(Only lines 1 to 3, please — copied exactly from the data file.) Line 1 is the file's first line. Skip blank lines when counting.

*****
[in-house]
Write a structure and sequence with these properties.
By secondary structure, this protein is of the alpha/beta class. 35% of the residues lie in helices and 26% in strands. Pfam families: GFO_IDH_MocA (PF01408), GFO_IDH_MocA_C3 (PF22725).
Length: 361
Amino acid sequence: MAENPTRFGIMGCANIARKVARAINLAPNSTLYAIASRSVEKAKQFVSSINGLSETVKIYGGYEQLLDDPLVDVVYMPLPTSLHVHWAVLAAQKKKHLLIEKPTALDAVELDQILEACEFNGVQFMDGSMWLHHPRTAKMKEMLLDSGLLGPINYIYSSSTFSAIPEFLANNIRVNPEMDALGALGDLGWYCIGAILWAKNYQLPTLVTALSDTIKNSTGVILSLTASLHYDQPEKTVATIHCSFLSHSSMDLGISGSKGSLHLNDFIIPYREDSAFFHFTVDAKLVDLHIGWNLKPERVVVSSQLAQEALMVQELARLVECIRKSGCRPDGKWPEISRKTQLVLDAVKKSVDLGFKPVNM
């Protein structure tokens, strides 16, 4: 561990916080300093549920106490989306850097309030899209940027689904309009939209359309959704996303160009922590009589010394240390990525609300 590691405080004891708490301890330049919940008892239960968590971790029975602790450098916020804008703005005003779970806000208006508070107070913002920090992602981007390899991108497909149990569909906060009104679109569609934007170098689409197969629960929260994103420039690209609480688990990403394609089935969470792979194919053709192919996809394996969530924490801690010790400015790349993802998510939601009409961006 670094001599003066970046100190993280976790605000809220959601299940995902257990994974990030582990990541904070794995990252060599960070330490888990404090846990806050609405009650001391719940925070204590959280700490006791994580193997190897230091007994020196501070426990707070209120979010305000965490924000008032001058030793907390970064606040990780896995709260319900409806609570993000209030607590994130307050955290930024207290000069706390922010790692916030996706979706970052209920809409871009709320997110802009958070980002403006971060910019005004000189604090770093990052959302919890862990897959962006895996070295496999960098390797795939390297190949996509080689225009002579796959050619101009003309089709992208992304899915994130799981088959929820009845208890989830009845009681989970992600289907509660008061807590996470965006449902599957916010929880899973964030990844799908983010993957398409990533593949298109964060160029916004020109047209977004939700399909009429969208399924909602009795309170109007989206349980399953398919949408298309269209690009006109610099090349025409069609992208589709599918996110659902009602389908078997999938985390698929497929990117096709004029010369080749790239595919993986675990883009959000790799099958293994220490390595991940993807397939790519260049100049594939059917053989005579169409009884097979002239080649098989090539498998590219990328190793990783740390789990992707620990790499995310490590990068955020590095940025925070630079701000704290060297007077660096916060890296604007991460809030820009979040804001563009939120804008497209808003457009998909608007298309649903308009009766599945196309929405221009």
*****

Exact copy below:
[in-house]
Write a structure and sequence with these properties.
By secondary structure, this protein is of the alpha/beta class. 35% of the residues lie in helices and 26% in strands. Pfam families: GFO_IDH_MocA (PF01408), GFO_IDH_MocA_C3 (PF22725).